One hundred poems. One hundred voices. One hundred different points of view.
Here is a cross-section of American poetry as it is right now—full of grit and love, sparkling with humor, searing the heart, smashing through boundaries on every page. Please Excuse This Poem features one hundred acclaimed younger poets from truly diverse backgrounds and points of view, whose work has appeared everywhere from The New Yorker to Twitter, tackling a startling range of subjects in a startling range of poetic forms. Dealing with the aftermath of war; unpacking the meaning of “the rape joke”; sharing the tender moments at the start of a love affair: these poems tell the world as they see it.
Editors Brett Fletcher Lauer and Lynn Melnick have crafted a book that is a must-read for those wanting to know the future of poetry. With an introduction from award-winning poet, editor, and translator Carolyn Forché, Please Excuse This Poem has the power to change the way you look at the world. It is The Best American Nonrequired Reading—in poetry form.
About the Author
Brett Fletcher Lauer is the deputy director of the Poetry Society of America and the poetry editor of A Public Space, and the author of the collection A Hotel In Belgium. In addition to co-editing several anthologies, including Isn’t It Romantic: 100 Love Poems by Younger American Poets, he is the poetry co-chair for the Brooklyn Book Festival and lives in Brooklyn.
Lynn Melnick is the author of If I Should Say I Have Hope, named a Top 40 Poetry Book of 2012 by Coldfront Magazine. She teaches poetry at the 92nd Street Y and works with VIDA: Women in Literary Arts. She grew up in Los Angeles and currently lives in Brooklyn.
Read an Excerpt
Also by BRETT FLETCHER LAUER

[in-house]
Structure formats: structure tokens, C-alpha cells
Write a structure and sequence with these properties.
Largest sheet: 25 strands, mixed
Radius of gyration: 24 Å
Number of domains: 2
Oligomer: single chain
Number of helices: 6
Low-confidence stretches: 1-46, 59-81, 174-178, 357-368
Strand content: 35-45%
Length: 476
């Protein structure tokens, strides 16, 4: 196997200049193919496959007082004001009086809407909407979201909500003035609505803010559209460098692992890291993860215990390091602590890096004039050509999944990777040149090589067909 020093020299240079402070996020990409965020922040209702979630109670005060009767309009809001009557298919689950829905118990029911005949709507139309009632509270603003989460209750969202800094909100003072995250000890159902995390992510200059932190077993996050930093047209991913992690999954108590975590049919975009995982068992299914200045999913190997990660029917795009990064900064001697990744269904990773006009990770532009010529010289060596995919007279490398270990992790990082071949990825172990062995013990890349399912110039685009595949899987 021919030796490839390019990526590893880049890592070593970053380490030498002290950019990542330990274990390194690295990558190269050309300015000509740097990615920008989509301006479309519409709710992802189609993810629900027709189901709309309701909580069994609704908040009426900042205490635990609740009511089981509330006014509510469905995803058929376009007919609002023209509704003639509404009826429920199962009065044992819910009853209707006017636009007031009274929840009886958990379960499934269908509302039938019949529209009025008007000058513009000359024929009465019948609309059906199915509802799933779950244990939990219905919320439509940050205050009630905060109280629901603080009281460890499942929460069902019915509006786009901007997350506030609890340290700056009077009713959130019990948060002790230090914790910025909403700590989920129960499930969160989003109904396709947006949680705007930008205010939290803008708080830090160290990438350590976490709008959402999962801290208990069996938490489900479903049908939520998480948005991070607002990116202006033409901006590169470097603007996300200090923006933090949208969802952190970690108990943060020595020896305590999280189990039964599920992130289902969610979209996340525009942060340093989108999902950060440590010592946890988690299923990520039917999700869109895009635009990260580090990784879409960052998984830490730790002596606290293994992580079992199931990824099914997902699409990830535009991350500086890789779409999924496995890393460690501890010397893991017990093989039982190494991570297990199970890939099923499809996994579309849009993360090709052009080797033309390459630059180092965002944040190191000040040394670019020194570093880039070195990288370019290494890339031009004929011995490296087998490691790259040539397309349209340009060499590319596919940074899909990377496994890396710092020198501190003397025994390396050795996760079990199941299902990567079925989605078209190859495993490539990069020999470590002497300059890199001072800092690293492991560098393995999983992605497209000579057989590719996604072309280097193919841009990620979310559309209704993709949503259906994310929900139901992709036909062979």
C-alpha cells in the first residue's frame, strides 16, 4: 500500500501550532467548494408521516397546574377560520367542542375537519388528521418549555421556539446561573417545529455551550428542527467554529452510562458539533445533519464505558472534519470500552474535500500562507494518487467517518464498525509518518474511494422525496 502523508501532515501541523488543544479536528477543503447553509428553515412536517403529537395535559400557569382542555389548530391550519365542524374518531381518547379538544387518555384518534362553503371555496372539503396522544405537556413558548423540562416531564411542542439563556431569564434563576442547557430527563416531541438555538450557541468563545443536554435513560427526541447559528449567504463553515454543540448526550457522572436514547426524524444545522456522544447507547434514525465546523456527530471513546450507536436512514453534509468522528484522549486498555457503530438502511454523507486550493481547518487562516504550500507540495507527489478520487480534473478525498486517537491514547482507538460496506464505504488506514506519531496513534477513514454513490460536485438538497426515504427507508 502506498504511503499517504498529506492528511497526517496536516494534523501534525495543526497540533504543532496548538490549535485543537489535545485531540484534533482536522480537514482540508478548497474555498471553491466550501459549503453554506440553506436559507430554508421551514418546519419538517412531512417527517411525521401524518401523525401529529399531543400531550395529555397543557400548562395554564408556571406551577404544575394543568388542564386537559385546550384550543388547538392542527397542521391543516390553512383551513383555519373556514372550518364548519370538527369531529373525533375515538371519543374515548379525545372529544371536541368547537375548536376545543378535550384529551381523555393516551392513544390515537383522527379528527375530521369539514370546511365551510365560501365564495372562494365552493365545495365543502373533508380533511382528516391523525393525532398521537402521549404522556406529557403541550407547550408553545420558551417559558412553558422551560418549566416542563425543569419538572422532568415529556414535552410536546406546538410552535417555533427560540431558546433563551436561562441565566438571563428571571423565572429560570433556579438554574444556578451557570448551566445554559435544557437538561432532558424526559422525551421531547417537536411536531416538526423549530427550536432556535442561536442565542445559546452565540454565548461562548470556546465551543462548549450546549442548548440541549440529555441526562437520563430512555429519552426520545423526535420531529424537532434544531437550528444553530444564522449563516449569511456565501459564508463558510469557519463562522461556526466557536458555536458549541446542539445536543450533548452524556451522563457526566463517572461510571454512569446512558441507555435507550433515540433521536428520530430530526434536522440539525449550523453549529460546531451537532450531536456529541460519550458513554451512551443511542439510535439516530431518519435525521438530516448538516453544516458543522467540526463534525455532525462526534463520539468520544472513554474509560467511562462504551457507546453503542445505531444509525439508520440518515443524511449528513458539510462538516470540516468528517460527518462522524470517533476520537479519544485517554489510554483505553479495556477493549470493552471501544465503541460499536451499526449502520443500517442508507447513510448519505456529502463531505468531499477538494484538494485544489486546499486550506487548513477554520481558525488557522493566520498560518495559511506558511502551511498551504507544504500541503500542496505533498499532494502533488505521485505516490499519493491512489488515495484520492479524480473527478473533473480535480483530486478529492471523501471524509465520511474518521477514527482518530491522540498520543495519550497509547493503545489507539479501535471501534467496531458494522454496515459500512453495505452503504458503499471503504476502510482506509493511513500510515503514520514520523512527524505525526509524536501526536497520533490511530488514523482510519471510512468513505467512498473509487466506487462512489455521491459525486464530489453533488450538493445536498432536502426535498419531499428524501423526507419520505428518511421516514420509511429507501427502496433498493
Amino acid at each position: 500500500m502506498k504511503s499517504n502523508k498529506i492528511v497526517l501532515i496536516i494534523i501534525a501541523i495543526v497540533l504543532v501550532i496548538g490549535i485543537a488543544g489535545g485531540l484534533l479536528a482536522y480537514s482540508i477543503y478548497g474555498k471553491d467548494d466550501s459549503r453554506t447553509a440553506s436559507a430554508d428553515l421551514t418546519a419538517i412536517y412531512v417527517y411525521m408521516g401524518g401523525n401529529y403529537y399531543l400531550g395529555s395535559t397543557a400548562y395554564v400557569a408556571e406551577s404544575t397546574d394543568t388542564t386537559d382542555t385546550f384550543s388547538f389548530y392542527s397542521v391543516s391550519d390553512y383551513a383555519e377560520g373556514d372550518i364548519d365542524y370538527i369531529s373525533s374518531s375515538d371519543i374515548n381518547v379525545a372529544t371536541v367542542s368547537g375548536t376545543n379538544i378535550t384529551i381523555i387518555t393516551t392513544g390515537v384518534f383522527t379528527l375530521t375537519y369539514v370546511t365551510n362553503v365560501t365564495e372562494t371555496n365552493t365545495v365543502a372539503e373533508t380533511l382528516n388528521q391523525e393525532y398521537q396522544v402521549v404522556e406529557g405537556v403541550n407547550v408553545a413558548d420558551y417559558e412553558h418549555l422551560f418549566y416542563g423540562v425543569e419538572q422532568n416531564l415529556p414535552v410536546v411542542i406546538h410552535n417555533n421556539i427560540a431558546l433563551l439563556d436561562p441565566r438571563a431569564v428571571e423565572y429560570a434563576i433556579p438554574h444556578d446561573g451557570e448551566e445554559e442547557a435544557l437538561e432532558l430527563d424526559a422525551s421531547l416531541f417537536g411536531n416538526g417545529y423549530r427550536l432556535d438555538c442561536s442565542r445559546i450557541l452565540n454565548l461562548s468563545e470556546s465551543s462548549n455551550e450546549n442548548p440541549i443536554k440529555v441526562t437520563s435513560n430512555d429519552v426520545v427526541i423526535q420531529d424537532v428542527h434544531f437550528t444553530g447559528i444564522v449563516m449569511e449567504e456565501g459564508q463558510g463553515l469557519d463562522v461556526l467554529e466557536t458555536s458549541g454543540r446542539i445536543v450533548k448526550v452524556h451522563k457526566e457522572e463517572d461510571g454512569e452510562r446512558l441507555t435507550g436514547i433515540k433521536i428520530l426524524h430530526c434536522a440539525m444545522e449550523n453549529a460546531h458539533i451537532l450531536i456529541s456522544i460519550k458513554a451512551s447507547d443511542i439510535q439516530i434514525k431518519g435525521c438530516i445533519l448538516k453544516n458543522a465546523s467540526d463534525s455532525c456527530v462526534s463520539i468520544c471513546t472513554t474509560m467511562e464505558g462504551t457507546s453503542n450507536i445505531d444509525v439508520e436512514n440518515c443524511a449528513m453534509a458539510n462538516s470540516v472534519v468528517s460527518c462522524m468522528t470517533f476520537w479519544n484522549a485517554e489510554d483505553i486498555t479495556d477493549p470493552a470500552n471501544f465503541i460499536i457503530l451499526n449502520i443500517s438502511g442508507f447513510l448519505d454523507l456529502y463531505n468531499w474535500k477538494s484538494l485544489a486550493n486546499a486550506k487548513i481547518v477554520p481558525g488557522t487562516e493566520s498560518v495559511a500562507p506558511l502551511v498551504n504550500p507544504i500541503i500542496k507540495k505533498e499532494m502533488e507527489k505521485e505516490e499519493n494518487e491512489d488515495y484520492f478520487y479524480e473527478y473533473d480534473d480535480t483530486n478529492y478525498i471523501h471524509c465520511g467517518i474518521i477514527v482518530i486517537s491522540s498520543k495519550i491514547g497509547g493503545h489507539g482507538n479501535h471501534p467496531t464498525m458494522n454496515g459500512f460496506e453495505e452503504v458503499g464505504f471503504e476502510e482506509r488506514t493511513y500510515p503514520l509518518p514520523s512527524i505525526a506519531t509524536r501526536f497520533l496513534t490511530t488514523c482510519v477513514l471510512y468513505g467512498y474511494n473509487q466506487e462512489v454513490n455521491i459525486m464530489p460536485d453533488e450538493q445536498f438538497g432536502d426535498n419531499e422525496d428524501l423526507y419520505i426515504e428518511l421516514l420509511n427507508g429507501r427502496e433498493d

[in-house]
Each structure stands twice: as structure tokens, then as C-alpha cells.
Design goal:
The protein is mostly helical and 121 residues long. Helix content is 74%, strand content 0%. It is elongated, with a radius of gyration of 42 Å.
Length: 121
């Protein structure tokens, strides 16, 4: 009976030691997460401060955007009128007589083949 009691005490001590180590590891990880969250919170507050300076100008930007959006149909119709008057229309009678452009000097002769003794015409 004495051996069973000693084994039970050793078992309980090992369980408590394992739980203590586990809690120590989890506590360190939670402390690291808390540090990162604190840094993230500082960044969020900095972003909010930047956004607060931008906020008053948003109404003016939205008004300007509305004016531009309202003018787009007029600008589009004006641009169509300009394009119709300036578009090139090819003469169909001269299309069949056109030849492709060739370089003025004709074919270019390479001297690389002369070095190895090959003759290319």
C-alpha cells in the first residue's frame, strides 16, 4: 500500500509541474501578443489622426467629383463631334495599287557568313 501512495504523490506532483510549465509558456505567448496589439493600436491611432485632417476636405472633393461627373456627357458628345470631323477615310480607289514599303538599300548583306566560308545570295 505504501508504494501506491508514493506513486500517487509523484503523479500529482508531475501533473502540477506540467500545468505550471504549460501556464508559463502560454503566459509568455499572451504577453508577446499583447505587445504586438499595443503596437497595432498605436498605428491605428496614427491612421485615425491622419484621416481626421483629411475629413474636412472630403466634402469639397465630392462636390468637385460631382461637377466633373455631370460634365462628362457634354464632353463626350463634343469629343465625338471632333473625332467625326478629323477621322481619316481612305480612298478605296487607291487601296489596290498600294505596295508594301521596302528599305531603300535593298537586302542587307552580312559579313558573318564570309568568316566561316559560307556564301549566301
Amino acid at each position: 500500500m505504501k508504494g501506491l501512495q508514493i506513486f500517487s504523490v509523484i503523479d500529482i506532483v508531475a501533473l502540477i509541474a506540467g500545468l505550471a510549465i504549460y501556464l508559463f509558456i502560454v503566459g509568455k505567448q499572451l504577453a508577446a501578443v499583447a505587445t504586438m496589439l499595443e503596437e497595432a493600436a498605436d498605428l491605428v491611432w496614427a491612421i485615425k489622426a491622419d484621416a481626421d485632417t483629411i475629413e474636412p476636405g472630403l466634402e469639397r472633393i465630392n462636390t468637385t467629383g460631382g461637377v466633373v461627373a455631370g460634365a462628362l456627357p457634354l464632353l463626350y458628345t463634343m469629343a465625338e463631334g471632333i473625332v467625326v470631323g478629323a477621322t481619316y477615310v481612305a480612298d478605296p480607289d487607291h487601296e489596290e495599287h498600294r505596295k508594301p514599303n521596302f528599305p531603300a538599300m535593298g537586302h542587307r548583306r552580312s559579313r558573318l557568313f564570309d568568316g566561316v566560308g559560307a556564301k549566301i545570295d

Most poets begin writing poetry in secret. As with love and other experiences, there is a first time and it is remembered. The first poem might be written on the back of something else, or in a notebook shown to no one. It might be a poem where someone falls in love with someone but that person falls in love with someone else. It might be a poem about floating alone / in the cold blue, or about sex or the distance / between a missed train and love. The poet begins to understand that when she picks up her pen, she doesn’t know what’s going to happen. The poet knows only that when he’s writing, his true self is speaking on paper or in his thoughts, strangely and without fear. This anthology is a collection of such poems. They are filled with ending up in the wrong adventure, and with the little things we tell ourselves about our pasts. One poet writes, Inside here are many moments, and it is true: the neighborhood, summer boredom, handsome drugs, suburban rabbits // and warrens of junkies and the number of clips emptied / into an unarmed Guinean man / on a dark Bronx stoop. A father’s embrace is here, and a grandmother who only wants to tell . . . who died / and how. Another poet writes, I hope we all die just like this, in someone else’s arms, young and beautiful and true. In these poems, we sleep under the stars, get stopped by the police, and hang from trestles as the trains come. In these poems a good way to fall in love / is to turn off the headlights / and drive very fast down dark roads. Inside the poet there is the burning chandelier . . . where the language begins. The poet tries to dance like firelight / without setting anyone ablaze. Inside, the poet is dreaming of tornadoes again, too many for the sky to contain. Another spent all night / collecting your photographs / and cutting them up. These poems were written young, but death isn’t absent here: there’s a dead woman in the river / dead baby in the cradle / there’s a dead soldier in the desert / & three crows wonder over and over / whether to cry out.